In August 2012, construction of a wood-fired oven in Leighton-Dillman Park on the Dartmouth Common was completed. Built by Gena Arthur and artisans at Eco-Development, the clay, cob and stone oven, housed in a versatile shed-like enclosure, sat across from the park’s community garden plots looking like it had always been there.
From concept to construction, the Park Avenue Community Oven (PACO) project was led by a group of community volunteers who formed a committee under the Dartmouth Common Community Gardens group, a registered non-profit. With funding from their district councillor and support from HRM Parks, the PACO committee sought to create a space for the community to gather – a meeting place where residents could share their enthusiasm for fresh, local food, meet their neighbours and enjoy the natural beauty of the park.
There were hiccups along the way of course. Frequenters of the park were surprised by the project and concerned about how it would change the space they loved. It was an education for the committee and an opportunity for the community to have a conversation about their beloved public space and it’s potential to evolve to include something new. Completion of the build marked the beginning of the real work (and fun).
From September through December 1st the PACO group learned the ropes of firing the oven – lighting small fires at first to cure the oven, gradually moving on to larger fires for cooking – passing what they learned on to interested community members during a weekly Open Oven held weekly on Saturdays. With more people trained on how to use the oven, the hope is that the community, not the small organizing committee alone, can share the work of hosting public events.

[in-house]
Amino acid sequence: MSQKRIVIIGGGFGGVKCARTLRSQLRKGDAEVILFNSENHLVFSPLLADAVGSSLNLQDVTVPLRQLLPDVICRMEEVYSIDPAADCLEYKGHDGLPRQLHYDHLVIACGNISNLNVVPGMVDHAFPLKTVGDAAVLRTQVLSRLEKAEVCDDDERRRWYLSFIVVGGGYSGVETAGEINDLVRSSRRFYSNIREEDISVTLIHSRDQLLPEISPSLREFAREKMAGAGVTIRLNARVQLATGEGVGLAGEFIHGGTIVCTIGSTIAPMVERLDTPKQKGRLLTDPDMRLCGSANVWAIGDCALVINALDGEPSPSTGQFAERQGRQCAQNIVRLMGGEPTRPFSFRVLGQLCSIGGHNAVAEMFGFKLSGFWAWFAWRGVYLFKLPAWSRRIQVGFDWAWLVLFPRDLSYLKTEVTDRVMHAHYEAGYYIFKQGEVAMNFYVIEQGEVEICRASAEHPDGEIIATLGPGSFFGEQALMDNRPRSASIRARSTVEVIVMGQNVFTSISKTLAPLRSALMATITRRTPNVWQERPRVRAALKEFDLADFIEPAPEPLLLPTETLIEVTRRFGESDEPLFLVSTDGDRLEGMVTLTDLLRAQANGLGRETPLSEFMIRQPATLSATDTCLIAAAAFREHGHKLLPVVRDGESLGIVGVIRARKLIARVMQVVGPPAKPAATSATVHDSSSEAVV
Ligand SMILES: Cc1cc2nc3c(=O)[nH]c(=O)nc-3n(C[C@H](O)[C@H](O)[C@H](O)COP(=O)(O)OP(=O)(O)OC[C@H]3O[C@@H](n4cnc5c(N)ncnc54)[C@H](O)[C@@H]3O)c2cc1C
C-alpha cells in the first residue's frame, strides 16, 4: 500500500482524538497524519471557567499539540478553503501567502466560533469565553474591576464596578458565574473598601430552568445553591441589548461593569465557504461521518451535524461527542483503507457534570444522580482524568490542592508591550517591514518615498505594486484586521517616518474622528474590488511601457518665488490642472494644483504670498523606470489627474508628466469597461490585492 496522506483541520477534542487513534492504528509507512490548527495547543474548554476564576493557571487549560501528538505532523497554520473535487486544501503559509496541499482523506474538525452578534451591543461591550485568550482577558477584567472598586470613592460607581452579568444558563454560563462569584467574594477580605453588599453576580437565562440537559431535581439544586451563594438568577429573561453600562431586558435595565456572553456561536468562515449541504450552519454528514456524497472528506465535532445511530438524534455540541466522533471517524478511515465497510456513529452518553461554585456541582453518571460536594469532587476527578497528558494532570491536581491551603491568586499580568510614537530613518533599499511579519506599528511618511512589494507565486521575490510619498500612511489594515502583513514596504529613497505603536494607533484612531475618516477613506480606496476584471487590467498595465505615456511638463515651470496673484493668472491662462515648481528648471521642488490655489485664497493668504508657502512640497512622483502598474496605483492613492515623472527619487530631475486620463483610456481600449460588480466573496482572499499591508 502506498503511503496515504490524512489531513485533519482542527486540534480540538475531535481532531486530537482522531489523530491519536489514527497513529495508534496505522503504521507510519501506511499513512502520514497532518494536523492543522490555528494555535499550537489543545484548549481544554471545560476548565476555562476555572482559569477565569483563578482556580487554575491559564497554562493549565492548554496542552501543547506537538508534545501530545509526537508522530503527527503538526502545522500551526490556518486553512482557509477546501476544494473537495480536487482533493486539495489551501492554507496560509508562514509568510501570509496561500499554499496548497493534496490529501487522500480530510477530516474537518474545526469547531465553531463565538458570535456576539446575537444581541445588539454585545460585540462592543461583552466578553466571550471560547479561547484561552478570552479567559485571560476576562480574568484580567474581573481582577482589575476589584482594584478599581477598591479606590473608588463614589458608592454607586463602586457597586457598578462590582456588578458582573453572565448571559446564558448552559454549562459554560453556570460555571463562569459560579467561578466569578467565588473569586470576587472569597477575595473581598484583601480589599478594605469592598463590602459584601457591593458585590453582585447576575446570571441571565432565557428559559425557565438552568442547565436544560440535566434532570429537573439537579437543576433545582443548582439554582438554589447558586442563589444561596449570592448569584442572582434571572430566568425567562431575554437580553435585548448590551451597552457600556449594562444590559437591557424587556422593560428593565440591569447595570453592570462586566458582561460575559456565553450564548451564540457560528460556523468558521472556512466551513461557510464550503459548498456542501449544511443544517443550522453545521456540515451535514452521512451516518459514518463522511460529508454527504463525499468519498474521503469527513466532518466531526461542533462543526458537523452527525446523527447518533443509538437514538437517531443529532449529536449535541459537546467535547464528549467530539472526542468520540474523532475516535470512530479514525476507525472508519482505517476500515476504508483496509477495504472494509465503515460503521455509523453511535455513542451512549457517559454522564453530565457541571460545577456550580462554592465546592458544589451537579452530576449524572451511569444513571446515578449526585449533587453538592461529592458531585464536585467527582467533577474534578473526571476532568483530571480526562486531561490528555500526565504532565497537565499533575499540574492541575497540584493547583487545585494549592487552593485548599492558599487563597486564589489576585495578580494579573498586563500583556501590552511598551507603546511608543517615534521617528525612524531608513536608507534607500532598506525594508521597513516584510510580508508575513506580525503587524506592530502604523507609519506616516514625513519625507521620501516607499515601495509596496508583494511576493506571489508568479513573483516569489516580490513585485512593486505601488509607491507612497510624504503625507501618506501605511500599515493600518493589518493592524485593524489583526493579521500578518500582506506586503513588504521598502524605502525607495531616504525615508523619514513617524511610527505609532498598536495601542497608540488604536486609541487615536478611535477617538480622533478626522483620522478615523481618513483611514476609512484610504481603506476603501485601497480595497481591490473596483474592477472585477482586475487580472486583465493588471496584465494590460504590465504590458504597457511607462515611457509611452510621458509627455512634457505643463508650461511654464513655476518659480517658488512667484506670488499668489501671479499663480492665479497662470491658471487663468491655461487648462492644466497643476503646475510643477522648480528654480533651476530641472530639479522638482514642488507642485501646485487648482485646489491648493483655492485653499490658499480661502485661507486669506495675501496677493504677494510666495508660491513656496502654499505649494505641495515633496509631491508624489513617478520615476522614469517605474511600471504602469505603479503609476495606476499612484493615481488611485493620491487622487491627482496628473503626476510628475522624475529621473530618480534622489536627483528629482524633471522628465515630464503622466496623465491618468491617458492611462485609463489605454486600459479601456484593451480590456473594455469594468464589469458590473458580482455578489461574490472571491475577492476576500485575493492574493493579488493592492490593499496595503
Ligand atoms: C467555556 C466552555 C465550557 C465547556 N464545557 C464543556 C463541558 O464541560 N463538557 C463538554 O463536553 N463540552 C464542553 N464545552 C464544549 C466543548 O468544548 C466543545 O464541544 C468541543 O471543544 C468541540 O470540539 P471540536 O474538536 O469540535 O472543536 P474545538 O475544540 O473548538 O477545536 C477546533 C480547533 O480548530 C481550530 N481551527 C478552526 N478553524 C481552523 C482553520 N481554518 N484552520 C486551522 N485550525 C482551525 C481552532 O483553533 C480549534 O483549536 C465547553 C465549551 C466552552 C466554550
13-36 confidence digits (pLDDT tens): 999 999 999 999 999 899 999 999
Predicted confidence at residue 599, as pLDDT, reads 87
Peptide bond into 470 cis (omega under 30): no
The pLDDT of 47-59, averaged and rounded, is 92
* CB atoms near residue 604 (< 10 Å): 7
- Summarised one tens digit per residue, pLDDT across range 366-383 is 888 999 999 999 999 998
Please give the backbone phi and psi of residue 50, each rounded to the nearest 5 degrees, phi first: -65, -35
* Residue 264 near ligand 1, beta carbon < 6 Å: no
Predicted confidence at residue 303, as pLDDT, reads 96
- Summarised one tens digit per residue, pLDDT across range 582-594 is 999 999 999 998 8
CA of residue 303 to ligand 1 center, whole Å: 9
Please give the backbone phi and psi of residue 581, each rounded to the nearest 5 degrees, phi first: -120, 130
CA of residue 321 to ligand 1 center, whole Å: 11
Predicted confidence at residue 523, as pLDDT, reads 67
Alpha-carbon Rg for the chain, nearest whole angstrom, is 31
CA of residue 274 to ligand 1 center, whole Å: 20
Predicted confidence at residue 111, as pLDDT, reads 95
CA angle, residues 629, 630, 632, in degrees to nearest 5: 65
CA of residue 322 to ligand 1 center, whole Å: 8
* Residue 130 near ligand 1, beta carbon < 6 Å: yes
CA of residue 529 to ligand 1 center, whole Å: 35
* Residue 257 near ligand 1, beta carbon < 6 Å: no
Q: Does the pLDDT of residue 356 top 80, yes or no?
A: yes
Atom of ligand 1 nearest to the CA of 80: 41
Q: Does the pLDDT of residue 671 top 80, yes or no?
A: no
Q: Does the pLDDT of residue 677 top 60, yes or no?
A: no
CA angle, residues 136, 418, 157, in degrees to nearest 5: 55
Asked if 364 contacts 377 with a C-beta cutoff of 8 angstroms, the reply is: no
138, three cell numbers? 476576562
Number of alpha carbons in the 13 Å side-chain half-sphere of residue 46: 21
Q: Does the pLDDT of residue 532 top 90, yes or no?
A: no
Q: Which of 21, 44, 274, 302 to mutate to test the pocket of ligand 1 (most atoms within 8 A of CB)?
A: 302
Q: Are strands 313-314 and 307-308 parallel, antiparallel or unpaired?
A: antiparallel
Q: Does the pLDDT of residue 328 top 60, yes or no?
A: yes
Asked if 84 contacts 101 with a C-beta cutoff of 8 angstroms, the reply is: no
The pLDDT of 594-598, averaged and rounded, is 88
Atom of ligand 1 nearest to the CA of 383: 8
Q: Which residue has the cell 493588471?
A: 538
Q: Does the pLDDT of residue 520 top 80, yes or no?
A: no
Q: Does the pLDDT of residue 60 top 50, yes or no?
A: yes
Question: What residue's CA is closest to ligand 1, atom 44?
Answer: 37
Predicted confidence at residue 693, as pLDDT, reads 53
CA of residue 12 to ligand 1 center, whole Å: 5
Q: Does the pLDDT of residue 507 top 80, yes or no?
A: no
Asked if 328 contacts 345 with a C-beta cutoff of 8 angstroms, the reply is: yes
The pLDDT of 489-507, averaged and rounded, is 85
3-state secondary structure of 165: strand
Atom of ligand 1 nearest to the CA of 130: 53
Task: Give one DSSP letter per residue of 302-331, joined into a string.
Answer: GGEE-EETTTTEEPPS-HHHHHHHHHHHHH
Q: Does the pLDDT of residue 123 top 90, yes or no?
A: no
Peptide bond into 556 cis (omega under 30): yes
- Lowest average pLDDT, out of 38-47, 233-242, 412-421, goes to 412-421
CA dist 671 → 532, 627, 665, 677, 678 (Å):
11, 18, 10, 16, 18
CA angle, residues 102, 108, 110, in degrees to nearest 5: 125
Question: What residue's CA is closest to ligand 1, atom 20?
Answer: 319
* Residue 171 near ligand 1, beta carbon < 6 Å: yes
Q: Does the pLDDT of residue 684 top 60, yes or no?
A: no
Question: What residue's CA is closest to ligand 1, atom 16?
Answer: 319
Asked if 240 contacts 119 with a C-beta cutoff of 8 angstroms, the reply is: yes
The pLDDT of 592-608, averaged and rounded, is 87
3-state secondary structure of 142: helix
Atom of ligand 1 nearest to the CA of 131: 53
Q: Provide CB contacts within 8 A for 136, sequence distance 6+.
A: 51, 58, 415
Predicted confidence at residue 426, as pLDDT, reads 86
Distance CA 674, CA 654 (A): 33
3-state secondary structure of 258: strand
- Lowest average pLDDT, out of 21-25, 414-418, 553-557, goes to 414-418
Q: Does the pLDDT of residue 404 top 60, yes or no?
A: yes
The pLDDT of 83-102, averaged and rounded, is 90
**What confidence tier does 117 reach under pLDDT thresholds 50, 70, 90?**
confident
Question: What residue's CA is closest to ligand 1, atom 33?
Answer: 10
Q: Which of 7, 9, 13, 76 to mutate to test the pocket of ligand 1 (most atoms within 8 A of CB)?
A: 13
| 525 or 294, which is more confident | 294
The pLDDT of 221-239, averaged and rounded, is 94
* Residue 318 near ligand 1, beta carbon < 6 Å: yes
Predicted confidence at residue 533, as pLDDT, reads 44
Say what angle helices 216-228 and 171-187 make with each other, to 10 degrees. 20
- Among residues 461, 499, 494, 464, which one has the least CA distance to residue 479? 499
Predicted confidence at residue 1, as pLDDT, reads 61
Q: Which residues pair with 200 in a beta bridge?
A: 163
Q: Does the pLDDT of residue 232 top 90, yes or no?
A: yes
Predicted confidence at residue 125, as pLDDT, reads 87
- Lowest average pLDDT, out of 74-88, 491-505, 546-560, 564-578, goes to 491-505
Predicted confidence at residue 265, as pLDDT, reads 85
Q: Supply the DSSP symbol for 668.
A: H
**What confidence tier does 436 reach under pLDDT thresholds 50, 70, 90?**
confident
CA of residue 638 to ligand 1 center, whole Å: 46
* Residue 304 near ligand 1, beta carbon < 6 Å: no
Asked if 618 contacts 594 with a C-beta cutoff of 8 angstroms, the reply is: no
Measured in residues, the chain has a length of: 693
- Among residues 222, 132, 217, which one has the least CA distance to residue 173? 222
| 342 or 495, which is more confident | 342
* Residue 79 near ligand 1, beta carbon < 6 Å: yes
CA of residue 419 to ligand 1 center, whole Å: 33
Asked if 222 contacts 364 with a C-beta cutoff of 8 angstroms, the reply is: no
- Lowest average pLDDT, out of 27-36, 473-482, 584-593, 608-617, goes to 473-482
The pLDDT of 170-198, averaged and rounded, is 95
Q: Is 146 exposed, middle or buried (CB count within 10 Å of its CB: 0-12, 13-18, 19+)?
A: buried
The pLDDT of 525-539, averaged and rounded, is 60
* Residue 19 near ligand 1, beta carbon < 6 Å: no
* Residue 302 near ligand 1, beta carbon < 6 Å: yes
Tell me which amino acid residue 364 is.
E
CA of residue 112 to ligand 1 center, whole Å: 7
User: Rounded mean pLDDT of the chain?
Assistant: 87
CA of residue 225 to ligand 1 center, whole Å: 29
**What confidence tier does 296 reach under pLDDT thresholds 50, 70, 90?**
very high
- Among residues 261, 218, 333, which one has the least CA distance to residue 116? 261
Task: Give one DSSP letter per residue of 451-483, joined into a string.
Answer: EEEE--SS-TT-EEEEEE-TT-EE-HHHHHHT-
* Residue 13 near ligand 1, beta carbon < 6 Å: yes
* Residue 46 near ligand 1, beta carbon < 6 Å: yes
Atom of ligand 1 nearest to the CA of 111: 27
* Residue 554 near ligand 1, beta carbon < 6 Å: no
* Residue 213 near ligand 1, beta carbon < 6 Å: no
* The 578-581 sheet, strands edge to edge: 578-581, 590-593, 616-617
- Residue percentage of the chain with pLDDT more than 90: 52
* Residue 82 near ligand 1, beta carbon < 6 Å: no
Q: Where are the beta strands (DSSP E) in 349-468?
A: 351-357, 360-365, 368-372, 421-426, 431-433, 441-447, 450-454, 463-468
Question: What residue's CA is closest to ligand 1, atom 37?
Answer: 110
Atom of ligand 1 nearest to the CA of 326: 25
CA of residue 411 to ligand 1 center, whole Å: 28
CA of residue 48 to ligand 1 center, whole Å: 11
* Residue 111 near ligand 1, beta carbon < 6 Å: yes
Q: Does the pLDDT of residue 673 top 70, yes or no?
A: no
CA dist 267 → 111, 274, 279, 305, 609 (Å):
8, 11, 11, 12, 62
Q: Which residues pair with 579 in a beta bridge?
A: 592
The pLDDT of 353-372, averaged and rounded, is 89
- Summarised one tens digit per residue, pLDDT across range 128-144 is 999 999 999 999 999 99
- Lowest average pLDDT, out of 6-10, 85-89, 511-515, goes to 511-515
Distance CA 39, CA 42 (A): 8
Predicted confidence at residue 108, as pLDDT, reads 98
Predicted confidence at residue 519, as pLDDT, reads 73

Each Saturday, members of the committee fired the oven and newcomers were shown the proper way to safely light and maintain it. After hours of burning, tending to the fire and heating the oven, answering questions from curious passersby, the food would begin to arrive.
Bread dough, pizza, biscotti, fresh vegetables and chicken were among the first items to be cooked (in some cases burned). As the days went on community members came out to bake, learn about the oven, give tips on how to prepare better pizza or keep a small fire burning, or just talk about baking. People were genuinely excited by the oven, the idea of a space like PACO coming to exist right there “in my neighbourhood.”